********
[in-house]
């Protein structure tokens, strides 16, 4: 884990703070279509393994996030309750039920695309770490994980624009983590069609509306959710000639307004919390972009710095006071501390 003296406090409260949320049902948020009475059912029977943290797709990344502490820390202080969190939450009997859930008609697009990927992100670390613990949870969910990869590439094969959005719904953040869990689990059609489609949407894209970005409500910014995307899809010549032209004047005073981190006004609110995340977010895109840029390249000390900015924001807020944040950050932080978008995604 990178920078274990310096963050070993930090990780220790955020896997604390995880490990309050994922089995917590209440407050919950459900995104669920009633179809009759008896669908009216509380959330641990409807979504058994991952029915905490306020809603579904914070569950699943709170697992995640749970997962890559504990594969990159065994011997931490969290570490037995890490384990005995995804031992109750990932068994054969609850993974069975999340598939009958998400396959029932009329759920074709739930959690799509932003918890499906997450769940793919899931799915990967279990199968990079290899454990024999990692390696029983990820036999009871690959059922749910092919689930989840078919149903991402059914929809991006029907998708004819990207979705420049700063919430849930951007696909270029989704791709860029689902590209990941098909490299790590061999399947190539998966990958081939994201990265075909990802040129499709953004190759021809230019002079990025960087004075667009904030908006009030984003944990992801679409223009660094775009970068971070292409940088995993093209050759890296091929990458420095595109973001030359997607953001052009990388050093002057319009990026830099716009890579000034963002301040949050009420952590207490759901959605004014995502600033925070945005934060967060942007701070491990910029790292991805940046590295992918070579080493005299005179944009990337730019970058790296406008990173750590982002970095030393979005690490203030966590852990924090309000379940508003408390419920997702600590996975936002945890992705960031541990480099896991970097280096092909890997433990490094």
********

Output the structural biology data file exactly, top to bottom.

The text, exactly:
[in-house]
């Protein structure tokens, strides 16, 4: 884990703070279509393994996030309750039920695309770490994980624009983590069609509306959710000639307004919390972009710095006071501390 003296406090409260949320049902948020009475059912029977943290797709990344502490820390202080969190939450009997859930008609697009990927992100670390613990949870969910990869590439094969959005719904953040869990689990059609489609949407894209970005409500910014995307899809010549032209004047005073981190006004609110995340977010895109840029390249000390900015924001807020944040950050932080978008995604 990178920078274990310096963050070993930090990780220790955020896997604390995880490990309050994922089995917590209440407050919950459900995104669920009633179809009759008896669908009216509380959330641990409807979504058994991952029915905490306020809603579904914070569950699943709170697992995640749970997962890559504990594969990159065994011997931490969290570490037995890490384990005995995804031992109750990932068994054969609850993974069975999340598939009958998400396959029932009329759920074709739930959690799509932003918890499906997450769940793919899931799915990967279990199968990079290899454990024999990692390696029983990820036999009871690959059922749910092919689930989840078919149903991402059914929809991006029907998708004819990207979705420049700063919430849930951007696909270029989704791709860029689902590209990941098909490299790590061999399947190539998966990958081939994201990265075909990802040129499709953004190759021809230019002079990025960087004075667009904030908006009030984003944990992801679409223009660094775009970068971070292409940088995993093209050759890296091929990458420095595109973001030359997607953001052009990388050093002057319009990026830099716009890579000034963002301040949050009420952590207490759901959605004014995502600033925070945005934060967060942007701070491990910029790292991805940046590295992918070579080493005299005179944009990337730019970058790296406008990173750590982002970095030393979005690490203030966590852990924090309000379940508003408390419920997702600590996975936002945890992705960031541990480099896991970097280096092909890997433990490094």